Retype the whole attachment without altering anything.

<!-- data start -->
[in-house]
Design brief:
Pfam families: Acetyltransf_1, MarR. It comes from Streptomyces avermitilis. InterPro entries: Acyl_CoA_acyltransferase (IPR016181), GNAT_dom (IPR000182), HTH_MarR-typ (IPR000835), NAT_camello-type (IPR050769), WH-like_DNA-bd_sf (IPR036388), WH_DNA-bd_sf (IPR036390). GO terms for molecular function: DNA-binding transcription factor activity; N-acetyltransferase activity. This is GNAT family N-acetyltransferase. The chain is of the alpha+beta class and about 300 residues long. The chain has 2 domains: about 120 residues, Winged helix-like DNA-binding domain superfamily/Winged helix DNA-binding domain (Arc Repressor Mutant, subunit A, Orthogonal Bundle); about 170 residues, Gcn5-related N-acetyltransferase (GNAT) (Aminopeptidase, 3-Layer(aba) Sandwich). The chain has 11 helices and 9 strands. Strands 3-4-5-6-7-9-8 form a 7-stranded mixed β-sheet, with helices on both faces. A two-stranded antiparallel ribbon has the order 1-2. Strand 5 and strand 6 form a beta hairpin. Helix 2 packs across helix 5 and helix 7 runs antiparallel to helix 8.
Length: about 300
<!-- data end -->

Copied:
[in-house]
Design brief:
Pfam families: Acetyltransf_1, MarR. It comes from Streptomyces avermitilis. InterPro entries: Acyl_CoA_acyltransferase (IPR016181), GNAT_dom (IPR000182), HTH_MarR-typ (IPR000835), NAT_camello-type (IPR050769), WH-like_DNA-bd_sf (IPR036388), WH_DNA-bd_sf (IPR036390). GO terms for molecular function: DNA-binding transcription factor activity; N-acetyltransferase activity. This is GNAT family N-acetyltransferase. The chain is of the alpha+beta class and about 300 residues long. The chain has 2 domains: about 120 residues, Winged helix-like DNA-binding domain superfamily/Winged helix DNA-binding domain (Arc Repressor Mutant, subunit A, Orthogonal Bundle); about 170 residues, Gcn5-related N-acetyltransferase (GNAT) (Aminopeptidase, 3-Layer(aba) Sandwich). The chain has 11 helices and 9 strands. Strands 3-4-5-6-7-9-8 form a 7-stranded mixed β-sheet, with helices on both faces. A two-stranded antiparallel ribbon has the order 1-2. Strand 5 and strand 6 form a beta hairpin. Helix 2 packs across helix 5 and helix 7 runs antiparallel to helix 8.
Length: about 300